Контент 16+ “The best lack all conviction, while the worst
Are full of passionate intensity.”
So wrote the famous Irish poet W.B. Yeats almost 100 years ago (1919 to be exact). The lines, part of a great poem, seem as true today as then — and probably throughout the entire (circa) 200,000 history of the human race. But what do they mean? Of course, they are open to interpretation (pretty much a requirement for serious literature), but the direction in which I will choose to take Yeats’ words today has to do with ‘absolute truth’ vs ‘relativity’ in terms of how we approach life.
In other words, can anything be said to be ALWAYS/ABSOLUTELY True or ALWAYS/ABSOLUTELY False– or are we rather the inhabitants of a universe where things fall under such definitions only according to any one of a myriad of situations?
People, of course, have tried to impose absolutes, especially political or religious zealots, and it is easy to imagine why. A world without definition or some kind of order and hierarchy of values is chaos, and nobody wants to live in chaos except for people who have failed at life and see chaos as a last ditch ultimate rescuer — a kind of equalizer. To the big loser, nothing is so comforting as to imagine that everything is just as fucked up as he is, and so why bother trying to make sense of any of it? The rest of us, however grudgingly, come round to accepting rules to live by (preferably self-imposed but more often by some outside authority) — and wish for life, if not to be fair, at least to ‘make sense’.
Sometimes I think that because of all the publicity about Technology, how we live in the Information Age — the epoch of cyberspace, clones, robots, and Artificial Intelligence, and so on — and the extent to which these forces clearly drive the direction of the world — we forget that most of the human population are still living in the Dark Ages. I haven’t done it, but I suspect that if you drive across Brazil, Russia, India, and China– just for starters — you will encounter huge multitudes of people whose level of education is very low. For these people, the Information Age and the Age of Technology hasn’t happened. Such specimens of humanity probably cling to ancient beliefs and remedies, the majority set down as ”absolutes” and which are based on superstition and hearsay rather than modern research and scientific analysis.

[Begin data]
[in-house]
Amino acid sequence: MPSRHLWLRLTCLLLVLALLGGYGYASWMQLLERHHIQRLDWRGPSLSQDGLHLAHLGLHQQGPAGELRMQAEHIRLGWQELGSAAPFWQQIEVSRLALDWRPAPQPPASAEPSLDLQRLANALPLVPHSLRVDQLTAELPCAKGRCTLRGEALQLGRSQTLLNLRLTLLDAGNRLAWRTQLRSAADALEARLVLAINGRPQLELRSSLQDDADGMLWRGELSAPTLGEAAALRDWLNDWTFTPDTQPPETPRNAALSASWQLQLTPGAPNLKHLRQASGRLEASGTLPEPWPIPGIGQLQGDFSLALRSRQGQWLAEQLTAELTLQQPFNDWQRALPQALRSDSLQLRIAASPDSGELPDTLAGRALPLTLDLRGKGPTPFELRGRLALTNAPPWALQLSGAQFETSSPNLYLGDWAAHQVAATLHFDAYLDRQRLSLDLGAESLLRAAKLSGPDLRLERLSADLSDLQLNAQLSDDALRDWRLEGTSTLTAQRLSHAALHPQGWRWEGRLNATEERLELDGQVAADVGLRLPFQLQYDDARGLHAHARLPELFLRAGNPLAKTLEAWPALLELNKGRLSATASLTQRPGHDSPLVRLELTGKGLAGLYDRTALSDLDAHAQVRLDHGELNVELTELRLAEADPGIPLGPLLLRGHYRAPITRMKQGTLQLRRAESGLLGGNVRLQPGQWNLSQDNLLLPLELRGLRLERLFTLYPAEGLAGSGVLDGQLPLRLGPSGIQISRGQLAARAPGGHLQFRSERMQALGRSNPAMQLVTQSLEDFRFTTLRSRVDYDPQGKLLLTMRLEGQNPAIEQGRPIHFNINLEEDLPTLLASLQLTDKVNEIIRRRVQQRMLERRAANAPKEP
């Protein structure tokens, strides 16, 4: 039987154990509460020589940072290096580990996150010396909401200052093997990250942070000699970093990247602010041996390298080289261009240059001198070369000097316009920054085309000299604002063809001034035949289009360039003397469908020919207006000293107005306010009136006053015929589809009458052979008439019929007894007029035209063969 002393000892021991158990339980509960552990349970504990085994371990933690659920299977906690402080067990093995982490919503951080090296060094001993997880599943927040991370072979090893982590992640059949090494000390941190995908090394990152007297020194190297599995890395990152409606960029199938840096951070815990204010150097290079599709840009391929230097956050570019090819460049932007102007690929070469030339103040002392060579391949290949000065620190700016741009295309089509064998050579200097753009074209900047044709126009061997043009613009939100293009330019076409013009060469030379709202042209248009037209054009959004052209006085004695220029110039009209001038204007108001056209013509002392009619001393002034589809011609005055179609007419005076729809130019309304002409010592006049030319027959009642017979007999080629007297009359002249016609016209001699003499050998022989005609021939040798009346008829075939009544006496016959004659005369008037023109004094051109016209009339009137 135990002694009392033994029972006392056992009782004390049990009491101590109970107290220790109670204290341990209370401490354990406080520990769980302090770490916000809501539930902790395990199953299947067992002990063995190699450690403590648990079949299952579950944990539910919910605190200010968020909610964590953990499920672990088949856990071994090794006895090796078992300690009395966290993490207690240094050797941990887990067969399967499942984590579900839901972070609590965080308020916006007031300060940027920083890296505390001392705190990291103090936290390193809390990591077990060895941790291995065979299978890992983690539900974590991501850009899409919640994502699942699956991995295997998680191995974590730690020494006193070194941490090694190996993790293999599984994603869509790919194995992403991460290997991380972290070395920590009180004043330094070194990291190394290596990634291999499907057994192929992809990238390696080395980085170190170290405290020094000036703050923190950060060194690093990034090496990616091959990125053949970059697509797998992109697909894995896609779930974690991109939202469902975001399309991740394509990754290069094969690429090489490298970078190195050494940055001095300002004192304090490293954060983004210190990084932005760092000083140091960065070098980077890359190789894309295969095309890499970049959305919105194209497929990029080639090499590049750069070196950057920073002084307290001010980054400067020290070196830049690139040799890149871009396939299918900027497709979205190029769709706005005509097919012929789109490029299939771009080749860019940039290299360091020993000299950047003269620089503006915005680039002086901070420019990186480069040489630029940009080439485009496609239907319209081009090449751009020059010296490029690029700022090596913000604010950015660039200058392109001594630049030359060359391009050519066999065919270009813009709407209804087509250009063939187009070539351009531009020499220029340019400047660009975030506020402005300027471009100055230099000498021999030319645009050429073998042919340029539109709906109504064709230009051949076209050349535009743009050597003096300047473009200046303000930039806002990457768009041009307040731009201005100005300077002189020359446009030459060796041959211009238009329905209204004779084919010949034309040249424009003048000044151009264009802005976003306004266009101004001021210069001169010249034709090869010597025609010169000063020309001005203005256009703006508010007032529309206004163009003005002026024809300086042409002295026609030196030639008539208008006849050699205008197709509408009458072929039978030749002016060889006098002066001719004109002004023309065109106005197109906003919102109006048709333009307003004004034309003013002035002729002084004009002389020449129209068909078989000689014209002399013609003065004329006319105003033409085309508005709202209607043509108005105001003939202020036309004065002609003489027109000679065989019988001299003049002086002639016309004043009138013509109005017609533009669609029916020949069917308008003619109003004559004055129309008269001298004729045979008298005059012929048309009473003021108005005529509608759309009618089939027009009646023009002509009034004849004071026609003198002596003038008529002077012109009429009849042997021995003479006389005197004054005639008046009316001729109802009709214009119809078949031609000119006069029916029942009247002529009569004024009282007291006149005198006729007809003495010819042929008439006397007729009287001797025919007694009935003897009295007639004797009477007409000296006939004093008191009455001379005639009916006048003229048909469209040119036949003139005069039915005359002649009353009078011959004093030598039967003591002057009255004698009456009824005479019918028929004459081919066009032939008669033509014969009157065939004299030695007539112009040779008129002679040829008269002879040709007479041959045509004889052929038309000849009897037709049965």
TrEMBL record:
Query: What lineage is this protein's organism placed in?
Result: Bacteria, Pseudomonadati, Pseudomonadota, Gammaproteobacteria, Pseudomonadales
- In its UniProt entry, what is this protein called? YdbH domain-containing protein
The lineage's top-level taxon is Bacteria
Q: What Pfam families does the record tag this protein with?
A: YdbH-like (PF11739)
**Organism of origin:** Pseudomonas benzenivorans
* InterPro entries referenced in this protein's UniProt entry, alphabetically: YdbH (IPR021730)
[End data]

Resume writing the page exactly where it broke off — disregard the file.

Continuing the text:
These kinds of people, when roused from their lethargy and suitably inflamed, tend to be of the “full of passionate intensity” variety. When not boiling their enemies alive, beheading them or burning them at the stake as heretics — and when pressed into the modern arena — they always make the best Nazis, Bolsheviks, and ISIS teammates. Tell them “We are good and THEY are bad” (whoever ”they” might be), wave the flag and start the drum-roll, tell them God wants it this way, and the Reich is off to a great start.
There will always be these kinds of people, and it is for a simple season: most people are mediocre at best and something less than that at worst. They are easily led. Cannon fodder for the ages, they make all the armies possible, and it will go on and on as it always has. The ones you have to watch out for are the so-called leaders who really believe in their fanatical dogma and are determined that everyone else should do as well. They are dangerous in the following way: they are capable of taking a pernicious idiotic premise and implementing it in the most cunnings manner imaginable. Take Josef Goebbels for example.